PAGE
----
Refactoring

SublimeRope offers a few refactors through Rope library.

Renaming

Consider the following code:

class First(object):
    """First Class"""
    def __init__(self):
        self.id = 1

    def change_id(self, arg):
        self.id = id

    def print_id(self):
        print self.id

first = First()
first.change_id(123)
first.print_id()

We can just put the cursor over id in the __init__ method and rename it to new_id after that our code should looks like:

class First(object):
    """First Class"""
    def __init__(self):
        self.new_id = 1

    def change_id(self, arg):
        self.new_id = new_id

    def print_id(self):
        print self.new_id

first = First()
first.change_id(123)
first.print_id()

After renaming print_id method to identify_me all the references in our project should change to our new function name.

Note

ST2 already offer some interesting features to archieve the same results really fast

Extract Method

Let’s imagine we have the following code:

def some_func():
    a = 10
    b = 20
    c = ``a * 2 + b * 3``

After performing extract method of the highlighted operation above we should get:

def some_func():
    a = 10
    b = 20
    c = new_func(a, b)

def new_func(a, b):
    return a * 2 + b * 3

Extracting Decorated Methods

Extract method can handle static and class methods that use the decorators @staticmethod and @classmethod as for example in:

class First(object):

    @staticmethod
    def a_method(arg):
        aux = arg * 2

After extract a * 2 as a method called twice we should get:

class First(object):

    @staticmethod
    def a_method(arg):
        aux = First.twice(arg)

    @staticmethod
    def twice(arg):
        return arg * 2

Extract Variable

Imagine we have this expression:

x = 2 * 3

After extract a variable with name six we should have:

six = 2 * 3
x = six

Restructuring

A restructuring is a program transformation; not as well defined as other refactorings like rename. In its basic form, we have a pattern and a goal. Consider we were not aware of the ** operator and wrote our own:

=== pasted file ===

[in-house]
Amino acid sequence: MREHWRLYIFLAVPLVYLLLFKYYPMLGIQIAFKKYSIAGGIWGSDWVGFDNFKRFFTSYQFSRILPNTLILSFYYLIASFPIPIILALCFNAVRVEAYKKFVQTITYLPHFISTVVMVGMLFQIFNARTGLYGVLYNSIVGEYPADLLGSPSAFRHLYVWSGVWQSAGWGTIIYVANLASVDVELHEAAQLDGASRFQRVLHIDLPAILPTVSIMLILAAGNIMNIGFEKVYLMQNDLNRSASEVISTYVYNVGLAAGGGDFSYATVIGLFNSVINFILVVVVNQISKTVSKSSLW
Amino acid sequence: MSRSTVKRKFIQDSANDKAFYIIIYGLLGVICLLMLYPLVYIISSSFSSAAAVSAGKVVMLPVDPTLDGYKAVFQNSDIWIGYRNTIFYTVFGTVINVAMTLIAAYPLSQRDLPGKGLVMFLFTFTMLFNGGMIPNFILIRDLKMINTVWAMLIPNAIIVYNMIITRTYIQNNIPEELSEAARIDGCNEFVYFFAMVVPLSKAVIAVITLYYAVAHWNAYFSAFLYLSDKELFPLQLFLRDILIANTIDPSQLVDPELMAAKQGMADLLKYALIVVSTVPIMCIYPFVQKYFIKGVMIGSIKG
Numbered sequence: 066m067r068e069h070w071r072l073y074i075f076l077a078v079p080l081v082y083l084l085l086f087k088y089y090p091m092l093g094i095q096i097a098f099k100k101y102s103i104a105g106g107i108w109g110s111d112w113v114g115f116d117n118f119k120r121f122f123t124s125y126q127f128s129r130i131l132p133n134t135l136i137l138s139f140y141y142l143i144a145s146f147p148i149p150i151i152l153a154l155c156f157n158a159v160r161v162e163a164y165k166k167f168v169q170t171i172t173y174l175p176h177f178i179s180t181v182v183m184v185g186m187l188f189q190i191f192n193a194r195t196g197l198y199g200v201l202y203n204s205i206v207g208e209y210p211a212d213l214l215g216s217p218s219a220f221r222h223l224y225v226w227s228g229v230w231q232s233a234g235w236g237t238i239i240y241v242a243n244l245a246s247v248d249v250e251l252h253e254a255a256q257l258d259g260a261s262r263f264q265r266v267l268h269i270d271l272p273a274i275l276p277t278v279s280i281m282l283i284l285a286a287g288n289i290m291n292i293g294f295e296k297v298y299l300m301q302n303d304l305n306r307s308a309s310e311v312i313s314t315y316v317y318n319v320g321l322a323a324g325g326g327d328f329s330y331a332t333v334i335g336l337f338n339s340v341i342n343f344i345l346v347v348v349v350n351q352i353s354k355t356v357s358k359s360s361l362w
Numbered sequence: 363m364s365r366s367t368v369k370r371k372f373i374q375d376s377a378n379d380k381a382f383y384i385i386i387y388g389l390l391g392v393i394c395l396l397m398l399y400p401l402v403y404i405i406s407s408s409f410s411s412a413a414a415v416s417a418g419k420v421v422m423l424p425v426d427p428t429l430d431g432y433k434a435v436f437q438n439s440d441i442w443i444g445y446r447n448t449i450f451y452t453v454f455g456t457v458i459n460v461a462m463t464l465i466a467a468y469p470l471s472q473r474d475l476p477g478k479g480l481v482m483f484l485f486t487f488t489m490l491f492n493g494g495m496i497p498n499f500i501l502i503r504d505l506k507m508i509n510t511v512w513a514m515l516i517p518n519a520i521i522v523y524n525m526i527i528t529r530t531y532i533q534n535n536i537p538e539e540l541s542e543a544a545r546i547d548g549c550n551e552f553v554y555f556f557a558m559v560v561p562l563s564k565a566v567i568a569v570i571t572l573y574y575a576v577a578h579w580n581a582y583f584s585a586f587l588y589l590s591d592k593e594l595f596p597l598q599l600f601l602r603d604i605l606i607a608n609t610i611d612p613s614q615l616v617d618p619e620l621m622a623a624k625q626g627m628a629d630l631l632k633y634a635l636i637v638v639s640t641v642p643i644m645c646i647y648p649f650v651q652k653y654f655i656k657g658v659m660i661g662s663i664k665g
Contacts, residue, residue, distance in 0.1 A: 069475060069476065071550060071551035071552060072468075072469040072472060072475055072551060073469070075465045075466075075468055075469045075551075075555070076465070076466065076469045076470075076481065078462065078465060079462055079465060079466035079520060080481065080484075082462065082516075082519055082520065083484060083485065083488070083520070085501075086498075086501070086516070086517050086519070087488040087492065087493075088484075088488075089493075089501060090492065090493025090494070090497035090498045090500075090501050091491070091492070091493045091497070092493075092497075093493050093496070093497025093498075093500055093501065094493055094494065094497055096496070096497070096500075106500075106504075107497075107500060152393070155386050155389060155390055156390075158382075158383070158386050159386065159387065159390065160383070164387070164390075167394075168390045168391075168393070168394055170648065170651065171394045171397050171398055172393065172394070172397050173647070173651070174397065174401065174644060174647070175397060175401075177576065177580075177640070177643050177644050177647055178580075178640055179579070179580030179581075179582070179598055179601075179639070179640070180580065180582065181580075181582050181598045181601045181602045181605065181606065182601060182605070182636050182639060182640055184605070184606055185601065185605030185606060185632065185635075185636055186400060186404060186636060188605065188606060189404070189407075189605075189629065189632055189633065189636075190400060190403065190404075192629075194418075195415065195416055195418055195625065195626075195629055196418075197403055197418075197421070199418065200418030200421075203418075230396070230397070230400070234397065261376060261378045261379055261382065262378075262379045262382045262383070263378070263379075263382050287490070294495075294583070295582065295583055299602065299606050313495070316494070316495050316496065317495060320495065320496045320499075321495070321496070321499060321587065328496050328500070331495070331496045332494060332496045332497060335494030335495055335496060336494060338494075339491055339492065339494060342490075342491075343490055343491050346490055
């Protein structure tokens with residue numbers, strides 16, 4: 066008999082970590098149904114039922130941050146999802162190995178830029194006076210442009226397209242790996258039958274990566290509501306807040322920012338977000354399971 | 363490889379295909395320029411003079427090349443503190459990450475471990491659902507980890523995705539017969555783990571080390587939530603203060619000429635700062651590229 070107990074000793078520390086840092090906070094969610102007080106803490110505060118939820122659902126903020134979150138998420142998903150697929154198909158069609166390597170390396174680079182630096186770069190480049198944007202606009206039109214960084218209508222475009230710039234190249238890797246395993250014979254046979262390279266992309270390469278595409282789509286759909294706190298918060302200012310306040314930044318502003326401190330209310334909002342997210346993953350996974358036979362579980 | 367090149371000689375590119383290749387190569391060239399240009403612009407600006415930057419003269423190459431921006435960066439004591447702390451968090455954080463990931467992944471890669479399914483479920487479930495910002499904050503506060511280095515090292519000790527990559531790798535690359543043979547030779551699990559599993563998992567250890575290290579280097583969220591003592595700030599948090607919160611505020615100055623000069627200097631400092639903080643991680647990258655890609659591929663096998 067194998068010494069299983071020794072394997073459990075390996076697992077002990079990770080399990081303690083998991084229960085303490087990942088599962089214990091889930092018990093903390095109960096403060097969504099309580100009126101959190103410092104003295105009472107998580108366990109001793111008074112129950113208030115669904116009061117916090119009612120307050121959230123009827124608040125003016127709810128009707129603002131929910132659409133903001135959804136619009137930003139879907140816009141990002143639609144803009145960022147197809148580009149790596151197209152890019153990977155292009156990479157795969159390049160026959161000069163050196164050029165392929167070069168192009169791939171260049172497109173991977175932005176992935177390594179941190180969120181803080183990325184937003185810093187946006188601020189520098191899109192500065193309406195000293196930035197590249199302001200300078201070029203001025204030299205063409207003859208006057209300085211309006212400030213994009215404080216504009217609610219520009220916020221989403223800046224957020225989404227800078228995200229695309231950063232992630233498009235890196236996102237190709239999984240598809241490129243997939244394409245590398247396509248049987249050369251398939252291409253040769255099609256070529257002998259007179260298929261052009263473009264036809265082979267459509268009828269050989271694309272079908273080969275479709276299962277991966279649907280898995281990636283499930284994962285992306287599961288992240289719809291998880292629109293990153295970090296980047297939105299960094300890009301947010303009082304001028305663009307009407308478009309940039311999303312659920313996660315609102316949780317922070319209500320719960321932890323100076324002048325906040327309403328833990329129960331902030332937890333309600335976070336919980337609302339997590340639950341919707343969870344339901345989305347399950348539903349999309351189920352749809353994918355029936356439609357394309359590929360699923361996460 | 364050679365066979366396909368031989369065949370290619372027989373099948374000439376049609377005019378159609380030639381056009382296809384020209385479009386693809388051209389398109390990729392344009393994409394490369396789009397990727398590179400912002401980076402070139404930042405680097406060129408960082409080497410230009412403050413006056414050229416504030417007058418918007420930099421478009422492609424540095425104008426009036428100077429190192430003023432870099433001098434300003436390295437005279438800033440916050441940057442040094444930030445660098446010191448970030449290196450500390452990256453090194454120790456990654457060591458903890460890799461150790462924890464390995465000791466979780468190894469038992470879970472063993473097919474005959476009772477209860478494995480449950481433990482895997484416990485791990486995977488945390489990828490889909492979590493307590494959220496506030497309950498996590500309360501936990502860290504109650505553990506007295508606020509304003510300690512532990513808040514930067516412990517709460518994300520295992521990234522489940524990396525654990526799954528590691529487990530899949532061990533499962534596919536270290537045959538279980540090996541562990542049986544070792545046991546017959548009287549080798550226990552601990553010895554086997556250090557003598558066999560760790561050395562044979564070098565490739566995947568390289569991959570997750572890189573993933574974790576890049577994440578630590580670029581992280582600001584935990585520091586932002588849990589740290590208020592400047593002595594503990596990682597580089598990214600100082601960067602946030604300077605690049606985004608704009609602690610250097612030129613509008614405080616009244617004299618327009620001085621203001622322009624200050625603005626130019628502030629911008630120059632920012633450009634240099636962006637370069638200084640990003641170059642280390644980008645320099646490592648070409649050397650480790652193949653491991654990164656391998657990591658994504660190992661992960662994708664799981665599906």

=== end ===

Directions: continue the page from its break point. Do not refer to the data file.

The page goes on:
def pow(x, y):
    result = 1
    for i in range(y);
        result *= x
    return result

print pow(2, 3)

When we realice that ** exists we want to use it wherever pow is used. We can use a pattern like:

pattern: pow(${param1} ** ${param2})

Goal can be something like:

goal: ${param1} ** ${param2}

The matched names in pattern should be replaced with the string that was matched in each occurrence. So the outcome of the restructuring should be:

def pow(x, y):
    result = 1
    for i in range(y):
        result *= x
    return result

print 2 ** 3

It seems to be working but what if pow is imported in some module or we have some other function defined in some other module that uses the same name and we don’t want to change it. Wildcard arguments come to rescue. Wildcard arguments is a mapping; Its keys are wildcard names that appear in the pattern (the names inside ${...}).

The values are the parameters that are passed to wildcard matchers. The arguments a wildcard takes is based on its type.

For checking the type of a wildcard, we can pass type=value as an argument; value should be resolved to a python variable (or reference). For instance for specifying pow in this example we can use mod.pow. As you see, this string should start from module name. For referencing python builtin types and functions you can use __builtin__ module (for instance __builtin__.int).

For solving the mentioned problem, we change our pattern. But goal remains the same:

pattern: ${pow_func} (${param1}, ${param2})
goal: ${param1} ** ${param2}

Consider the name of the module containing our pow function is mod. args can be:

pow_func: name=mod.pow

If we need to pass more arguments to a wildcard matcher we can use , to separate them. Such as name: type=mod.MyClass,exact.

This restructuring handles aliases; like in:

mypow = pow
result = mypow(2, 3)
Transforms into:

mypow = pow
result = 2 ** 3

If we want to ignore aliases we can pass exact as another wildcard argument:

pattern: ${pow}(${param1}, ${param2})
goal: ${param1} ** ${param2}
args: pow: name=mod.pow, exact

${name}, by default, matches every expression at that point; if exact argument is passed to a wildcard only the specified name will match (for instance, if exact is specified , ${name} matches name and x.name but not var nor (1 + 2) while a normal ${name} can match all of them).

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